Amidists, you say, are necessarily proponents of a “situation ethics” since the absolutist’s presumption of knowing exactly how to act or what to do in every circumstance betokens a lopsided reliance on himself and “his own purported knowledge” to the exclusion of “faith” in the Power of the Other.
But surely a “situationist”, basing himself as he must on a horizontal consideration of empirical circumstances and a best-guess approach as to the expected consequences of a given action, places at least as much emphasis on “self-power”. I agree, if I’ve understood you correctly, that a “formulaic” absolutism, which presumes to have all the answers in advance of all questions, is at odds with the humility and openness of true faith in Heaven. But there’s also what might be called an “operative” absolutism, where our moment-to-moment choices and actions are based, not on our own frail calculations, but on a vertical apprehension of metaphysical principles. In this case there is—or should be—no doubt as to what should be done in any given situation, not because one already knew what to do before the situation arose but because, in the very midst of its arising, a deliberate emptiness is filled with the Real.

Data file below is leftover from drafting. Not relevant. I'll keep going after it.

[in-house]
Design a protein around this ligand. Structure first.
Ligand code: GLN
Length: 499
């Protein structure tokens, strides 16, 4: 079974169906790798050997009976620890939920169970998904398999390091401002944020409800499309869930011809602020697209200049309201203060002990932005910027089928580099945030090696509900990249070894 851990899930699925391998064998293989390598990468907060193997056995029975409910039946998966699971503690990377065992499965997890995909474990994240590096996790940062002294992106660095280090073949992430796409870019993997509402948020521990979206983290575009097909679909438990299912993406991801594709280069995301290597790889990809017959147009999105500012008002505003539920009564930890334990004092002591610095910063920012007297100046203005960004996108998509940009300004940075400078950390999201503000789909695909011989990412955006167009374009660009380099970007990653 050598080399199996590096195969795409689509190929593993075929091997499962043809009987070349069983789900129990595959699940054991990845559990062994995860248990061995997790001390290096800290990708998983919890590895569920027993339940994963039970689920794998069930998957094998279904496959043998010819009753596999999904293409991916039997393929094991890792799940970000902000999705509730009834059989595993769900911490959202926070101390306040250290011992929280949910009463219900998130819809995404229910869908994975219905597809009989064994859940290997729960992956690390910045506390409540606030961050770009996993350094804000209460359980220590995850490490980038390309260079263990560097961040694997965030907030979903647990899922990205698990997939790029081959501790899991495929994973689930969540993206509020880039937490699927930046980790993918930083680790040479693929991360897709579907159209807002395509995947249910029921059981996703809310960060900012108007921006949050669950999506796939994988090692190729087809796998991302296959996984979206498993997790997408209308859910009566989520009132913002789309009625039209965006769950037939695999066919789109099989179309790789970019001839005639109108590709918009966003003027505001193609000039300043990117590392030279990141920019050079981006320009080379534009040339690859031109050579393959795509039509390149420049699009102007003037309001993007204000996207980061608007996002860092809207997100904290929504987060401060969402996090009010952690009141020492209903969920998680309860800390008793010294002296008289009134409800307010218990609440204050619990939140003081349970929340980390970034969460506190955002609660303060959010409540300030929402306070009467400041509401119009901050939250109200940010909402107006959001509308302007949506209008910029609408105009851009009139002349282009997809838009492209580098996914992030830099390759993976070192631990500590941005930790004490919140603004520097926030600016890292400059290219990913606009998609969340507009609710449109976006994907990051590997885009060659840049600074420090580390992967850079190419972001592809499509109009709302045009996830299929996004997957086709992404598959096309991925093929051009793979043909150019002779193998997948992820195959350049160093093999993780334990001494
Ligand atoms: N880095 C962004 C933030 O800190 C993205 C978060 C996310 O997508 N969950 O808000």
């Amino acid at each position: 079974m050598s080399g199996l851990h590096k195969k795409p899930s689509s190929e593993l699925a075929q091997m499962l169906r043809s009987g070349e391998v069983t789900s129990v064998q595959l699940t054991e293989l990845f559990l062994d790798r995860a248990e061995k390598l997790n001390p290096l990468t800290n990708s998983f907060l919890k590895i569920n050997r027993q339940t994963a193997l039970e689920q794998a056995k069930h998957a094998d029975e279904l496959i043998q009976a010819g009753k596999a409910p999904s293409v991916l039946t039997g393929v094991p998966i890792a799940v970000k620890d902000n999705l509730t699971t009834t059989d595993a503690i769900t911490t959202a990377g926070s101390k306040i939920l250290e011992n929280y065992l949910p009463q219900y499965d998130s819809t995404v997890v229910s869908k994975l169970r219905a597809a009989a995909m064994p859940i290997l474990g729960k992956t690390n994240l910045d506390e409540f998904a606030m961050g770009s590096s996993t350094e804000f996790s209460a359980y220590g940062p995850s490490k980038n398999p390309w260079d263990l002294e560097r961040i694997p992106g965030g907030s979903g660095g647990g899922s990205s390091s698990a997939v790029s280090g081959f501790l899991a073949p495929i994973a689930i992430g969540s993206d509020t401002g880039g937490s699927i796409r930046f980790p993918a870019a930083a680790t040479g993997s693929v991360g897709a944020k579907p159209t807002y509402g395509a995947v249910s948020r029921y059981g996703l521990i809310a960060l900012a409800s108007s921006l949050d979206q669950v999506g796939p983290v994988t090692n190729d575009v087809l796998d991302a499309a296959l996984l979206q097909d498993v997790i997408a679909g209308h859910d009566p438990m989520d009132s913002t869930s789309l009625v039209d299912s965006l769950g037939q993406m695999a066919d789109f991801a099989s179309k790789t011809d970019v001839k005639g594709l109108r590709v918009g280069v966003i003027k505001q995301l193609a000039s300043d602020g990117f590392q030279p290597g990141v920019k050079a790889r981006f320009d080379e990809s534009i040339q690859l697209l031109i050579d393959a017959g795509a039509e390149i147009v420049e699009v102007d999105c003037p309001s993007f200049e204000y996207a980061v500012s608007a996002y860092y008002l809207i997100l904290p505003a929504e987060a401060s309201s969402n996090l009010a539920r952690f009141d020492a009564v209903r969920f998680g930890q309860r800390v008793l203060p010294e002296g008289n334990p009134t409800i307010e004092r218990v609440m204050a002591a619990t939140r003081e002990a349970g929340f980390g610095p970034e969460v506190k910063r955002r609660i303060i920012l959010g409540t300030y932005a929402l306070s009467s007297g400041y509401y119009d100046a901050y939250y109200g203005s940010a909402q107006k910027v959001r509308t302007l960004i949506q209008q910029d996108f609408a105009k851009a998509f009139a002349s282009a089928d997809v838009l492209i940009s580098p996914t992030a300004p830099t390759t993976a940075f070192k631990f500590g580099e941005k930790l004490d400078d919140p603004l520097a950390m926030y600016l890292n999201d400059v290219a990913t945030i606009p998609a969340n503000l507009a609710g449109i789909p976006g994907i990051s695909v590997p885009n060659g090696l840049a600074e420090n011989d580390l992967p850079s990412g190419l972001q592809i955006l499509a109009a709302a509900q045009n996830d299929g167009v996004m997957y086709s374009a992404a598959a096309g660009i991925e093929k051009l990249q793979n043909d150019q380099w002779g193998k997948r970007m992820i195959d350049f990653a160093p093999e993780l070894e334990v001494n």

It’s because they are operative absolutists that the actions of saints, let alone those of avataric personages, can easily run counter to the prescriptive morality of a given orthodox system. One thinks of Al-Khidr and Moses in the Koran (Sūrah 18:65-82) and of the teaching of the Tao Teh Ching: “When the Great Tao was abandoned, there appeared humanity and justice” (Chapter 18).